Following Verstappen and Lance Stroll’s high-speed accidents in Baku, their tyres were analysed. Pirelli reported that debris had not been the cause of the failures, and neither was there evidence of manufacturing defects. Instead, “running conditions” during the race were blamed.
Ahead of the French Grand Prix, Pirelli and the FIA announced measures to increase monitoring of how teams are treating the tyres, and imposed limits on the amount of time that cars can be held with tyre blankets removed — to prevent the pressure dropping too low, which can improve performance. Minimum tyre pressures have also been increased.
Hamilton praised the measures by Pirelli to improve driver safety and said that the sole tyre manufacturer in F1 had to do a better job going forward in preventing teams from circumnavigating tyre pressure rules, a subject that he has alluded to in the past.
“They cannot put the blame on us. I think they have to look at themselves”
“At the end of the day, safety is always the priority,” he said. “For me and for my team, there have been clear rules and guidelines as to where we have to operate. So I was very surprised, naturally to see that they have to clarify those, which obviously you can take what you want from that but I’m happy that they have acknowledged that they need to clarify.
“I think what’s really, really important now is how we police it because they’ve not been policing how the tires are being used, tyre pressures tyre temperatures. We need to do better. So, it’s, it’s great that they’ve done a TD [Technical Directive], but it’s the action now we need to see them really follow through and be really vigilant to make sure that it’s equal across the field.”
The offending rear left tyre that cost Verstappen victory
Xavi Bonilla / DPPI
Max Verstappen, who had been in line for a comfortable win in Azerbaijan, blamed Pirelli for the blowout that sent him into the wall at more than 200mph and was sceptical of the implication that teams had been following the Italian manufacturer’s guidelines.
Pirelli’s investigation found that Red Bull and Aston Martin had followed the tyre temperature and pressure requirements before the cars went out on track. Both teams said that they complied with the limits “at all times”.
“I mean of course, they explained that we gave them our processes and they were within the limits they set,” Verstappen said.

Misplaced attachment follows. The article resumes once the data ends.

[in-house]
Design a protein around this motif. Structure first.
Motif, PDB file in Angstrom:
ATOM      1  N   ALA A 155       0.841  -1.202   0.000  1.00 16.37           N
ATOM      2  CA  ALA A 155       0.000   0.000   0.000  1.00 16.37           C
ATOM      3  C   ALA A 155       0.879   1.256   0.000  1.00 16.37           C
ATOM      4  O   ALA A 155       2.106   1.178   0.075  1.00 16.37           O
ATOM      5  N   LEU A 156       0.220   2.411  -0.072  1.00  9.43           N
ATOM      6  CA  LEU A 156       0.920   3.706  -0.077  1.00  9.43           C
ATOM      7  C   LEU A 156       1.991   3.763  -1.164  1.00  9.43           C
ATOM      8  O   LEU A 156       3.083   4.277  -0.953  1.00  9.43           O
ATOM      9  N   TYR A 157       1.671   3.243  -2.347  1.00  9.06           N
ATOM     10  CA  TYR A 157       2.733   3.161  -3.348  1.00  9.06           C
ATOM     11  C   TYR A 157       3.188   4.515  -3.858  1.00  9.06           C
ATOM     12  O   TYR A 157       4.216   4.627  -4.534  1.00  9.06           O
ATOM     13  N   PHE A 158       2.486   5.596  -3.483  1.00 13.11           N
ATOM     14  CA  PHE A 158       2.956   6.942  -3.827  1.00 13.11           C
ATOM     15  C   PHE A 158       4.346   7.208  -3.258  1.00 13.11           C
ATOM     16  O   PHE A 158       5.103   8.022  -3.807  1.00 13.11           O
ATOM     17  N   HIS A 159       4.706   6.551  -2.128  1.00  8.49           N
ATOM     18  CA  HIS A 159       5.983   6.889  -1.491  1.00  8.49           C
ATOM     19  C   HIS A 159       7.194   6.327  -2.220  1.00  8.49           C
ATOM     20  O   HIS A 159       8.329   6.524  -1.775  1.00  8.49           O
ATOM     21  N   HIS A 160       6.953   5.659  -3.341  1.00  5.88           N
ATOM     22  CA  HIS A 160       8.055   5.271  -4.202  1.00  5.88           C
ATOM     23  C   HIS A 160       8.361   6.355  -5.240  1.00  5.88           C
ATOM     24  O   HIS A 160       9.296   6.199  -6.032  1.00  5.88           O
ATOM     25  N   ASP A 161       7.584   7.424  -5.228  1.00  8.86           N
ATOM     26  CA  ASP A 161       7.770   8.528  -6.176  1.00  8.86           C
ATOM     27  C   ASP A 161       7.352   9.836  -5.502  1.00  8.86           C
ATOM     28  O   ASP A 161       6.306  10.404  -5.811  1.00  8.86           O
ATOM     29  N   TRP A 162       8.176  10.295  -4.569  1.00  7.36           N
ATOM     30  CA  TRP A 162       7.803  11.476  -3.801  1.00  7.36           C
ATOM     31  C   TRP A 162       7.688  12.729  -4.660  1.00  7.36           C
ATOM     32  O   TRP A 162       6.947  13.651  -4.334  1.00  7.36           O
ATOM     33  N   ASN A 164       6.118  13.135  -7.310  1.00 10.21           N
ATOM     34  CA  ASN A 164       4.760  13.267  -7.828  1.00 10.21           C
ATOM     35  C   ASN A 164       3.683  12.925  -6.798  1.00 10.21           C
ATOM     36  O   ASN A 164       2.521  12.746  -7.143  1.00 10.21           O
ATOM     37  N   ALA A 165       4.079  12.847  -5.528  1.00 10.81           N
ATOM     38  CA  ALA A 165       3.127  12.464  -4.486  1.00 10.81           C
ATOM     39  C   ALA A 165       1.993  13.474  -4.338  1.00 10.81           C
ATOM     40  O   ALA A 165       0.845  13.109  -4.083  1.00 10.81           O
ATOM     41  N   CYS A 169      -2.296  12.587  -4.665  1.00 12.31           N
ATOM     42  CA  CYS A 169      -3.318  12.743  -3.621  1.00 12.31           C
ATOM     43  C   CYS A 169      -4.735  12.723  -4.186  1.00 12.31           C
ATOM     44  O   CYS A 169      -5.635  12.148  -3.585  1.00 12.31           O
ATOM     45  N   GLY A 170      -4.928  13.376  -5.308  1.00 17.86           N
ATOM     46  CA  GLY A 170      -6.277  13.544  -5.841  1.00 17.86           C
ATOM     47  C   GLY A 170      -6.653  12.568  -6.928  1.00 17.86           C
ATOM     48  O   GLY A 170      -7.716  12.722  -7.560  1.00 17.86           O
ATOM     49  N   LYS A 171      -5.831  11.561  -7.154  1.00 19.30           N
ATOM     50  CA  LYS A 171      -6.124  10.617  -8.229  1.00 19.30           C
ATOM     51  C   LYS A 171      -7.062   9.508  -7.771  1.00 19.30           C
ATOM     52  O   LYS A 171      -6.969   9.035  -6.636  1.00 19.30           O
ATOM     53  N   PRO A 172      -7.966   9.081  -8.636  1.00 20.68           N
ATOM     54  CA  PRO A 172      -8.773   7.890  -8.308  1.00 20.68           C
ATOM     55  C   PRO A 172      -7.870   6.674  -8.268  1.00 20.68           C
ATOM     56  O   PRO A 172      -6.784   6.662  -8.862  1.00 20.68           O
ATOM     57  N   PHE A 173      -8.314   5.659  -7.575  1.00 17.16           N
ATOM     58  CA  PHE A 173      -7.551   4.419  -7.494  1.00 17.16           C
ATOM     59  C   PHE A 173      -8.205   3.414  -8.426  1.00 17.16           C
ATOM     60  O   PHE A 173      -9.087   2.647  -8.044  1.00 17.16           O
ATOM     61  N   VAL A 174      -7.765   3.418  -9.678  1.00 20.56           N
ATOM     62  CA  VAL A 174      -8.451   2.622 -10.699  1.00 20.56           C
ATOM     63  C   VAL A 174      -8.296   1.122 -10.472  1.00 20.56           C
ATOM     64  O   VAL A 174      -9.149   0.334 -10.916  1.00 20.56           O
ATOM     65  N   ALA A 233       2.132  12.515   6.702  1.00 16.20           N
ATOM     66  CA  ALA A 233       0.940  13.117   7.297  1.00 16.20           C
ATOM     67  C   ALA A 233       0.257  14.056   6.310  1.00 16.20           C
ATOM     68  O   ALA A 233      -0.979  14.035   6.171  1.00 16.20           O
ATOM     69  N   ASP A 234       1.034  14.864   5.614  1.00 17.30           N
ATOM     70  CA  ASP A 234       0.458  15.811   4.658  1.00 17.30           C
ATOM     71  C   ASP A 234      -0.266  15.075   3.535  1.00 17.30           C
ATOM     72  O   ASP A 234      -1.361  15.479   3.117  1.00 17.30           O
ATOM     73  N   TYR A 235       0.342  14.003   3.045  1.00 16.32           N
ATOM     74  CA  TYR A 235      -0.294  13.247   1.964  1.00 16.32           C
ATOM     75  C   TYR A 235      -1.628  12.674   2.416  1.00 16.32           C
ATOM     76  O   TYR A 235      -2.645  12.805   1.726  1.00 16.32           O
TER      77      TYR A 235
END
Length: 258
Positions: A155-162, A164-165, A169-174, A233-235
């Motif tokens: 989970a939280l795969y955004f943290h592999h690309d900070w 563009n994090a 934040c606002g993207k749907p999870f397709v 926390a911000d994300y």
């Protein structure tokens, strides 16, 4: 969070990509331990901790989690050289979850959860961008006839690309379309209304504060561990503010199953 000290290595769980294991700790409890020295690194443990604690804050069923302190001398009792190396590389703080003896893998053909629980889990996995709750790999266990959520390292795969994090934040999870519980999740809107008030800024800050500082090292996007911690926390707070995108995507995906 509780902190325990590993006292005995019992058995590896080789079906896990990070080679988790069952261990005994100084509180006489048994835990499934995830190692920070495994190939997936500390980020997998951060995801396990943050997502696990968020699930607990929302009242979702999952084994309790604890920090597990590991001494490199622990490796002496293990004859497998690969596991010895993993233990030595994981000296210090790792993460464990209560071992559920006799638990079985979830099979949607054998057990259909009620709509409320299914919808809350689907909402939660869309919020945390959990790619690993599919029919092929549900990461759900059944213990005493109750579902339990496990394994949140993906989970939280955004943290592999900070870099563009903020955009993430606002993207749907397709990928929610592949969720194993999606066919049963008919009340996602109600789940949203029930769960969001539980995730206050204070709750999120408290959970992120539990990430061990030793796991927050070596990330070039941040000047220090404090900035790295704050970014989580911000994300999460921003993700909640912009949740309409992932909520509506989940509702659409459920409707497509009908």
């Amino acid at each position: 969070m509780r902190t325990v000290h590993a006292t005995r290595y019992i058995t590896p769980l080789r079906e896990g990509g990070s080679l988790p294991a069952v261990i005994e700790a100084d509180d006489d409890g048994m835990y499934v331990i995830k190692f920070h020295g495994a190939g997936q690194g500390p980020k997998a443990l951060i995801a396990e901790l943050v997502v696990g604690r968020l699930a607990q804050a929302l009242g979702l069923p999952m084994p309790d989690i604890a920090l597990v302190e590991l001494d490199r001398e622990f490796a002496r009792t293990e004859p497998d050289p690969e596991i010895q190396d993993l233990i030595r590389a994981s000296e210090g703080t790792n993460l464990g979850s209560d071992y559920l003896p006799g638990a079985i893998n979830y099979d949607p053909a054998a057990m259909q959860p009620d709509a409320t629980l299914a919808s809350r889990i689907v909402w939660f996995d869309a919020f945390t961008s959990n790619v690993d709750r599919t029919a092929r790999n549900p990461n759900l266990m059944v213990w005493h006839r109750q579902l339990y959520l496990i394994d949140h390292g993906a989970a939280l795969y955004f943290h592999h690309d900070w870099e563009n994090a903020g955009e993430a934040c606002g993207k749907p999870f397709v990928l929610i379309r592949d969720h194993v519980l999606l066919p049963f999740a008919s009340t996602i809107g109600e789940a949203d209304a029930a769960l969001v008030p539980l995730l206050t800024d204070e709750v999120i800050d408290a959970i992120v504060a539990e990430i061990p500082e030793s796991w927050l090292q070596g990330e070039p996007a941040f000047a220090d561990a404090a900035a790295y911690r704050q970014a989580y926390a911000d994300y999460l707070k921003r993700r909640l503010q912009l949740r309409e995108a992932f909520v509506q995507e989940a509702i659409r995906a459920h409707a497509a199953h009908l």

“Those limits are not correct. There’s nothing we can do about it, we just follow what is possible within the rules. If that means that we have to go up on pressures, everyone will go up on pressures, but they say they didn’t have the correct measurements, but we gave it to them after the race and it was shown that we didn’t do anything wrong there. Aston Martin didn’t do anything wrong.
“They cannot put the blame on us. And I think they have to look at themselves and we are here happy to help of course with everything, and they’re already one up on pressure from Friday to Saturday. So that means something that maybe it wasn’t enough. We’ll go on from here for sure and hopefully, that’s enough.”
Despite the tyre failures in Baku, Hamilton went on to praise Pirelli for the work they had done on the 2021 tyre compounds.
The reigning world champion has been an outspoken critic of tyres used in the past and claimed that drivers need longer-lasting compounds to avoid processional races and allow for better wheel-to-wheel action.
For this season, Pirelli has brought similar compounds of tyre but have used a different construction method than the one used last season. Hamilton believes that it has helped the product and added that he had no doubts over the integrity of Pirelli’s product going forward.
“I don’t have [doubts over] the integrity of tyres. Every weekend whenever there is a failure, they always put the pressures up, so that tells you something. We didn’t have a problem with our tyres and I think they’ve done a great job with the tyres to show that they’re more robust than before. In this particular instance, I don’t think Pirelli are at fault.”